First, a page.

practical storage
(Dedication /
Integration)
Scale of practical
storage
(Residential to
Communal)
Access to stored materials
(Restricted to open)
Early Natufian
ca. 14,500-12,800 BP
Intensive collection and
variable cultivation of
local wild plant resources
Intensive hunting of wild
animal resources: no
evidence for subsistence
husbandry
• Storage inside and
outside of residential unit
in public context
• Very small
volume
• Relatively unrestricted spatial
access
Late Natufian
ca. 12,800-11,700 BP
Intensive collection and
variable cultivation of
local wild plant resources
Intensive hunting of wild
animal resources: no
evidence for subsistence
husbandry
• Storage inside and
outside of residential unit
in public context
• Very small
volume
• Relatively unrestricted spatial
access
Pre-Pottery Neolithic
A period (PPNA) ca.
11,700-10,500 BP
Intensive collection
and variable cultivation
of local wild plant
resources: possible early
domestication of some
plants
Intensive hunting of wild
animal resources: no
evidence for subsistence
husbandry
• Dedicated / storage
outside of residential unit
in public context
• Small volume • Relatively unrestricted spatial
access
• Possible extramural storage
facilities between residential
structures
Middle Pre-Pottery
Neolithic B period
(MPPNB) ca. 10,500-
9,250 BP
Collecting and cultivation
of wild plant resources:
variable use of a wide
range of domesticates
depending upon location
Hunting of wild animal
resources: domestication
of caprines (goat-sheep)
for meat and secondary
products
• Dedicated / storage
inside of residence
• Medium volume • Storage installations in corner/
sides of room
• Clearly identified storage
locations
Late Pre-Pottery
Neolithic B period
(LPPNB) ca. 9,250-8,700
BP
Primarily focused on
a restricted range of
domesticates depending
upon location
Hunting of wild animal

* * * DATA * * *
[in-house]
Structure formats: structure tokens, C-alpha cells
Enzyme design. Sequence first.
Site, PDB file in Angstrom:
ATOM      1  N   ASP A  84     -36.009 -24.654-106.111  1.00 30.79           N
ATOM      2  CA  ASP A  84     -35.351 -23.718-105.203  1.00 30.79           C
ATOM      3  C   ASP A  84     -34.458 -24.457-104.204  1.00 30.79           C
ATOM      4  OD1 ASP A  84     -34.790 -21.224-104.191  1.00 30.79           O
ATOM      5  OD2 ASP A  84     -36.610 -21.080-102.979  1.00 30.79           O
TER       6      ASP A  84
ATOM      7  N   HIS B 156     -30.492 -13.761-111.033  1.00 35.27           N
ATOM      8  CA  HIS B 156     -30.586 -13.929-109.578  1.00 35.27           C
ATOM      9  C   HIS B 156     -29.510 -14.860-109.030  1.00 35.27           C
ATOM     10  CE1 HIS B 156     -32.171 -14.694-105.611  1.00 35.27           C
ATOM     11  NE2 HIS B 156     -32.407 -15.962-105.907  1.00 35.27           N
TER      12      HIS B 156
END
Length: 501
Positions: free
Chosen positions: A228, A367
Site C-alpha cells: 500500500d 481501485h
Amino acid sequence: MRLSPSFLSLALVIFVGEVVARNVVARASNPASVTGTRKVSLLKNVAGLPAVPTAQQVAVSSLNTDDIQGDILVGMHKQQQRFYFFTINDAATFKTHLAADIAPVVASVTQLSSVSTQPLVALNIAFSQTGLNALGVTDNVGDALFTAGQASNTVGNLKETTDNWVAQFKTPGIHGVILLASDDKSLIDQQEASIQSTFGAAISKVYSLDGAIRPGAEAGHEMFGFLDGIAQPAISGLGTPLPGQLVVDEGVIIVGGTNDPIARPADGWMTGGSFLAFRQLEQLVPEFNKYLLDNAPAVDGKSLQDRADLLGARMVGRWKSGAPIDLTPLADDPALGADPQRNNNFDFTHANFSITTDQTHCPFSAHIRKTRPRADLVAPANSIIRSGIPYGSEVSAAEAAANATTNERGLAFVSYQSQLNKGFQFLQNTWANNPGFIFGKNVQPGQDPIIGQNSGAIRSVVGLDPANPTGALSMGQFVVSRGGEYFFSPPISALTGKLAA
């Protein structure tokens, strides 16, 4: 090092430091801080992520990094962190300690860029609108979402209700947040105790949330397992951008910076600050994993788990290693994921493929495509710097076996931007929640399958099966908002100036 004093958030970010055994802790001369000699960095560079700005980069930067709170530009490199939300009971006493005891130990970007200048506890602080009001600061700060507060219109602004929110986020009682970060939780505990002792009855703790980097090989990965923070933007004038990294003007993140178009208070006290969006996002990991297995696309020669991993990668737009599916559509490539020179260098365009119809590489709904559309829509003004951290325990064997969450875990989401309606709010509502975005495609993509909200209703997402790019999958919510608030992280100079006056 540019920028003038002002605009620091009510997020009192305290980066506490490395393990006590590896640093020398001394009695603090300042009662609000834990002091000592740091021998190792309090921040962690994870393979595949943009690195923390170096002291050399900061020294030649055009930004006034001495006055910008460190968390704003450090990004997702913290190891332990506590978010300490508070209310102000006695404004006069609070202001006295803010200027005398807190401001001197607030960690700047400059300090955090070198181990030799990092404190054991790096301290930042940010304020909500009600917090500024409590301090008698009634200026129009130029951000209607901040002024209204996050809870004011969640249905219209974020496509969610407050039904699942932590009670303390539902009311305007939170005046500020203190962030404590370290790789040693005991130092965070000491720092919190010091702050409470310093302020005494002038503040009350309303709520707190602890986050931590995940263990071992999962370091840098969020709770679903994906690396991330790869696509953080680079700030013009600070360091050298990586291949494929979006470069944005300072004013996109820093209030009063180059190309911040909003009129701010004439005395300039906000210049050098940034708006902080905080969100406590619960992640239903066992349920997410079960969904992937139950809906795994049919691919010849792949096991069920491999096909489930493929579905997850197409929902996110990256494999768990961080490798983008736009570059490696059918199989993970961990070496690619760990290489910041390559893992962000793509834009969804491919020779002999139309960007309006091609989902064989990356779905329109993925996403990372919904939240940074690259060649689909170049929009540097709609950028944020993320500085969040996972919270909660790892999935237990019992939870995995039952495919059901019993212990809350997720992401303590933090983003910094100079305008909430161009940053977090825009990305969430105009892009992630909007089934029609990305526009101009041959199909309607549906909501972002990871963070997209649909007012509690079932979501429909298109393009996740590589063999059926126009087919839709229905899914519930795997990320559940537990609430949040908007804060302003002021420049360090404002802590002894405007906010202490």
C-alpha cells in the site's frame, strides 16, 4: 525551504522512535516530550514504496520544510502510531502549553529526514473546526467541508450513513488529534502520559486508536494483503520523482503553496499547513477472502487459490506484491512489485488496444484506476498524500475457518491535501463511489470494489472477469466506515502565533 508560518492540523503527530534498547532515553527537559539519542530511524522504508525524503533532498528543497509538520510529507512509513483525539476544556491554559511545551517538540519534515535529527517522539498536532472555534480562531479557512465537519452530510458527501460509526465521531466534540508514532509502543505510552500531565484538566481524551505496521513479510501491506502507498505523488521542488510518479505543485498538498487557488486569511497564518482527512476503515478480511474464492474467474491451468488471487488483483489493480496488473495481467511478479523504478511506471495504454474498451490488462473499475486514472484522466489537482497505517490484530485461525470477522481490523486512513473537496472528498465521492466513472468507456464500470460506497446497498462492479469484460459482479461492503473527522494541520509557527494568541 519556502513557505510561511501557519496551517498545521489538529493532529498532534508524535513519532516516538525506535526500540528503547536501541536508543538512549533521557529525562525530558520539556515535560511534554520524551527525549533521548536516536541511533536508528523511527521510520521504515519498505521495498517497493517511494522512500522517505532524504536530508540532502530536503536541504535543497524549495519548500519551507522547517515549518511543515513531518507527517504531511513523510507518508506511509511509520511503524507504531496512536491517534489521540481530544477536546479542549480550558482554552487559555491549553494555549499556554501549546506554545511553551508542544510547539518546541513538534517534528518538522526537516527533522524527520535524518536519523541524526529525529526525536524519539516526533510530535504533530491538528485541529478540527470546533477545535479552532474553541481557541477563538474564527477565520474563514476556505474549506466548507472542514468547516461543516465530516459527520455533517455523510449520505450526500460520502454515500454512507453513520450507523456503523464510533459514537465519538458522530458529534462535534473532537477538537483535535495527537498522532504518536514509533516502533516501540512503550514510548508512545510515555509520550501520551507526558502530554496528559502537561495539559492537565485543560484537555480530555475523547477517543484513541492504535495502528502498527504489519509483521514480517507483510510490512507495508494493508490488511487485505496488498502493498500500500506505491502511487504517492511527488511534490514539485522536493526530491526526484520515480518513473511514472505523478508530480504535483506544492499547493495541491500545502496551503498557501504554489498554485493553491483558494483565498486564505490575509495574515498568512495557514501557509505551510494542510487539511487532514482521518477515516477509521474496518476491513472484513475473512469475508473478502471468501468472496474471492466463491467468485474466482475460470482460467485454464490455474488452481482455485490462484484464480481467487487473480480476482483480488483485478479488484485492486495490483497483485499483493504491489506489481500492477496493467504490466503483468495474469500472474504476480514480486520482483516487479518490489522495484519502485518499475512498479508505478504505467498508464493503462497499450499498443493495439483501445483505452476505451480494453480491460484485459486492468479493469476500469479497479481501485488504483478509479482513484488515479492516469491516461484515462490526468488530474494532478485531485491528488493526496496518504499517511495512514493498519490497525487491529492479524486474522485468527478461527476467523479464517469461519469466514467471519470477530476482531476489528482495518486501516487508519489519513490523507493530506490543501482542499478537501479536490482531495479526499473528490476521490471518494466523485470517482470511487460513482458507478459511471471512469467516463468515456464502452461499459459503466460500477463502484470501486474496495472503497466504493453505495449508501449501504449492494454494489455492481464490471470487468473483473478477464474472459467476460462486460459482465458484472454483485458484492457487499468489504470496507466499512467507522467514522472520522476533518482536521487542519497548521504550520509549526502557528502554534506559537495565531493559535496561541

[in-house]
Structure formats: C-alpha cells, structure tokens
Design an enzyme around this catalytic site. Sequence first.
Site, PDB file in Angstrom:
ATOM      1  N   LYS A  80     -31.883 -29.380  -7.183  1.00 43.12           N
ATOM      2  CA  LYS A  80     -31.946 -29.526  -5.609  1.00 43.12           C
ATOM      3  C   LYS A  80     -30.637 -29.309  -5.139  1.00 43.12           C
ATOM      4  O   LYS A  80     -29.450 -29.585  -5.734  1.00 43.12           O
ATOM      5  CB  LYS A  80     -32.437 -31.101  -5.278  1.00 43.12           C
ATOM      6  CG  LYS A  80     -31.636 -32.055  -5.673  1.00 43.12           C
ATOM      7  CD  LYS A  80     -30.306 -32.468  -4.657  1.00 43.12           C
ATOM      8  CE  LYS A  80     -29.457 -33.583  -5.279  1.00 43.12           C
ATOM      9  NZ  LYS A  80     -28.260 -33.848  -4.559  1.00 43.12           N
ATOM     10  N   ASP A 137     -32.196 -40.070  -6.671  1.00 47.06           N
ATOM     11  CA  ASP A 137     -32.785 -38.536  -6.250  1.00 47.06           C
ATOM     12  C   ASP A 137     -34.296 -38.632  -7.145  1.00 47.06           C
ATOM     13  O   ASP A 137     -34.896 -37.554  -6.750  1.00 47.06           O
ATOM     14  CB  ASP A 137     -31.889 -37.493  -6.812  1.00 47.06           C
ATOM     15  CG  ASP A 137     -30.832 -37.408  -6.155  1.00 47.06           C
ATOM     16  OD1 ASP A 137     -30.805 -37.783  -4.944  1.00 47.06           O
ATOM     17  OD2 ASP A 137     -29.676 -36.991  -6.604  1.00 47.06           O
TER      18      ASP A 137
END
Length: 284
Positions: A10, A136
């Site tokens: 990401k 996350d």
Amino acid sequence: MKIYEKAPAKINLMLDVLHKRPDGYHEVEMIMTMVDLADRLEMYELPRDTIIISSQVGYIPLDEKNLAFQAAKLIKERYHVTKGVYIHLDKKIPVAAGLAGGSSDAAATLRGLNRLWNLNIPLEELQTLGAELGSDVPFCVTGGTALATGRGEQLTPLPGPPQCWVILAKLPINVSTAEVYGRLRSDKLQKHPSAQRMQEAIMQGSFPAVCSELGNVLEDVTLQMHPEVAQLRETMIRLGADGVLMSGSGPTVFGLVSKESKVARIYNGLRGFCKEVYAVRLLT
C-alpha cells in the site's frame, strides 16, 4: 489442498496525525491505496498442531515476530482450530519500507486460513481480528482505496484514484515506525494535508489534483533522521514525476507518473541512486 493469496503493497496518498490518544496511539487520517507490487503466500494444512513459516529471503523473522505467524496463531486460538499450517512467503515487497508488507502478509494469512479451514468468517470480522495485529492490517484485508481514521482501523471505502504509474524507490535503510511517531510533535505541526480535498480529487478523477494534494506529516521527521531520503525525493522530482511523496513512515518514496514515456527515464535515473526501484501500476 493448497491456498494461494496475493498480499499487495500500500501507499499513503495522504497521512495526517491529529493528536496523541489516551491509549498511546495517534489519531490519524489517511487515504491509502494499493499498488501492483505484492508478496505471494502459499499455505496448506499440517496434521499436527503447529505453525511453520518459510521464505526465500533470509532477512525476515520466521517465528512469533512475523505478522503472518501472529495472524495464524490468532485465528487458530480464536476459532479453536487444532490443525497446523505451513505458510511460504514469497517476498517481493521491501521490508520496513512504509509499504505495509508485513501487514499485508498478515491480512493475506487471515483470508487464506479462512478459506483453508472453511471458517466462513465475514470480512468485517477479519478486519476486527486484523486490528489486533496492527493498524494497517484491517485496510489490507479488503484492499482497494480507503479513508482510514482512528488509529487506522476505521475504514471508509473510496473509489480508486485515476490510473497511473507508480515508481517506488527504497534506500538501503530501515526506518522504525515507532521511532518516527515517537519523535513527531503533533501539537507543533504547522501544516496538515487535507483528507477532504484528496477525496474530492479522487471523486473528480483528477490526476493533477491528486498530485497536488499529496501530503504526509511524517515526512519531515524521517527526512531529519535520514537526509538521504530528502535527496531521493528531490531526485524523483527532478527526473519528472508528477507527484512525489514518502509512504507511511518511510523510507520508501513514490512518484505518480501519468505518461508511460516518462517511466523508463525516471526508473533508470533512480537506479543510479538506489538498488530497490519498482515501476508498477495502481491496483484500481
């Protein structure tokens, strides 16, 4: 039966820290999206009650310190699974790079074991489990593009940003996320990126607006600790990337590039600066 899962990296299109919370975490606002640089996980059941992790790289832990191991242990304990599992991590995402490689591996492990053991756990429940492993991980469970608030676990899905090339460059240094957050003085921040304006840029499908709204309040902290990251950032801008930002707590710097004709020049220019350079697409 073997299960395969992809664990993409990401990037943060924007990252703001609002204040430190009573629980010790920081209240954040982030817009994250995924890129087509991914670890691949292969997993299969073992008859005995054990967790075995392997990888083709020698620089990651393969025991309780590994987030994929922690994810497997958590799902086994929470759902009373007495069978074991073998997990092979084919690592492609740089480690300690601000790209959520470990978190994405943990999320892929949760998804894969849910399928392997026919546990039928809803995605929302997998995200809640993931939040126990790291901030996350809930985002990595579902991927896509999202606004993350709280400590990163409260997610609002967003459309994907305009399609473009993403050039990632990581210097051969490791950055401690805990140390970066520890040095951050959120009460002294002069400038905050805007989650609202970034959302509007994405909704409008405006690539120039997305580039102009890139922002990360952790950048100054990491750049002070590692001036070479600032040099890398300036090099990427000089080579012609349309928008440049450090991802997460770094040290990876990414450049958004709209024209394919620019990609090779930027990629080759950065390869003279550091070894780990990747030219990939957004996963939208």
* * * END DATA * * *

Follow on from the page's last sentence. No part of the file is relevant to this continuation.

resources: increased
reliance upon narrow
spectrum (caprines, pig,
cattle)
• Dedicated / separate
rooms for storage
• High volume •Spatially restricted access from
second floor to first floor
• Dedicated storage rooms in
lower floor of building
Pre-Pottery Neolithic C
period (PPNC) ca. 8,700
- 7,800 BP
Primarily focused on
a restricted range of
domesticates depending
upon location
Hunting of wild animal
resources: increased
reliance upon narrow
spectrum (caprines, pig,
cattle)
• Dedicated / separate
rooms for storage
• Unclear • Single-story buildings
• Dedicated storage rooms in
lower floor of building
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Home is where we keep our food: The origins of agriculture and late pre-pottery Neolithic food storage 143
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c
b
DW
DW
DW
DW
DW
*
Location of wood charcoal 14C from
floor, 7,930±70 BP (ISGS-3279).
1
2
3
4
6
5
Burnt oven
fragments
Meal
bin
Hearth
Meal
bin
Hearth
Milling tools
Heavy grinding slabs Large handstones Doorway
0123 m
GH
GH
H
H
GH
GH
a
GH
Fig. 1 Late Pre-Pottery Neolithic B period architecture from Es-Sifyia and Basta. Plan view of Late Pre-Pottery Neolithic B period (ca. 9,500
to 8,700 cal BP).
a. area B, Basta Jordan (based on WRIGHT, 2000 and GEBEL et al., 1997).
b. cell structures and half-door system, Es-Sifyia, Jordan (photo by I. Kuijt).